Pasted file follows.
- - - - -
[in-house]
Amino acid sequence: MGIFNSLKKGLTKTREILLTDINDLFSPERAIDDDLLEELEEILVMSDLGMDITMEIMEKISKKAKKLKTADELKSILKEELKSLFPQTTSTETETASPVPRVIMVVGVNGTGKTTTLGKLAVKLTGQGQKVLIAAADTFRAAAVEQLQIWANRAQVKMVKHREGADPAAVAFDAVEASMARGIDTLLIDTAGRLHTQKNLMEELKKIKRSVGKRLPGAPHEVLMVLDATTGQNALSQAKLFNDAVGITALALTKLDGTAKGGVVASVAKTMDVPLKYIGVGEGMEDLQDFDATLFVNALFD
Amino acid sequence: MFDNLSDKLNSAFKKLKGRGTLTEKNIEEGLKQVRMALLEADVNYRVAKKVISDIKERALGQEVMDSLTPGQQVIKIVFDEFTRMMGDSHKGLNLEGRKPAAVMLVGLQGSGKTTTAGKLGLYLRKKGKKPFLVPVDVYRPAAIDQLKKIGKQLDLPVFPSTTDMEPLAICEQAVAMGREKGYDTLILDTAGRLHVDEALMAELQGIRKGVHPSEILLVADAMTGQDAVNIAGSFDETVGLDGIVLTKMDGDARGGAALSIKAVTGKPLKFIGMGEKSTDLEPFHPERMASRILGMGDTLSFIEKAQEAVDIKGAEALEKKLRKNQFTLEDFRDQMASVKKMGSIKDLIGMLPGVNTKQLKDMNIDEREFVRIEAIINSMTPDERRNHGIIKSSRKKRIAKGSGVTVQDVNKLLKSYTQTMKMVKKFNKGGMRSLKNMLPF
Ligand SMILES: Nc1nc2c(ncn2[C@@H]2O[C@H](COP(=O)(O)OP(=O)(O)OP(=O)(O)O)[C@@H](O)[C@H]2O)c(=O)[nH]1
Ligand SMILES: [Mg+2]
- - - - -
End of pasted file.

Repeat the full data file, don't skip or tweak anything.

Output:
[in-house]
Amino acid sequence: MGIFNSLKKGLTKTREILLTDINDLFSPERAIDDDLLEELEEILVMSDLGMDITMEIMEKISKKAKKLKTADELKSILKEELKSLFPQTTSTETETASPVPRVIMVVGVNGTGKTTTLGKLAVKLTGQGQKVLIAAADTFRAAAVEQLQIWANRAQVKMVKHREGADPAAVAFDAVEASMARGIDTLLIDTAGRLHTQKNLMEELKKIKRSVGKRLPGAPHEVLMVLDATTGQNALSQAKLFNDAVGITALALTKLDGTAKGGVVASVAKTMDVPLKYIGVGEGMEDLQDFDATLFVNALFD
Amino acid sequence: MFDNLSDKLNSAFKKLKGRGTLTEKNIEEGLKQVRMALLEADVNYRVAKKVISDIKERALGQEVMDSLTPGQQVIKIVFDEFTRMMGDSHKGLNLEGRKPAAVMLVGLQGSGKTTTAGKLGLYLRKKGKKPFLVPVDVYRPAAIDQLKKIGKQLDLPVFPSTTDMEPLAICEQAVAMGREKGYDTLILDTAGRLHVDEALMAELQGIRKGVHPSEILLVADAMTGQDAVNIAGSFDETVGLDGIVLTKMDGDARGGAALSIKAVTGKPLKFIGMGEKSTDLEPFHPERMASRILGMGDTLSFIEKAQEAVDIKGAEALEKKLRKNQFTLEDFRDQMASVKKMGSIKDLIGMLPGVNTKQLKDMNIDEREFVRIEAIINSMTPDERRNHGIIKSSRKKRIAKGSGVTVQDVNKLLKSYTQTMKMVKKFNKGGMRSLKNMLPF
Ligand SMILES: Nc1nc2c(ncn2[C@@H]2O[C@H](COP(=O)(O)OP(=O)(O)OP(=O)(O)O)[C@@H](O)[C@H]2O)c(=O)[nH]1
Ligand SMILES: [Mg+2]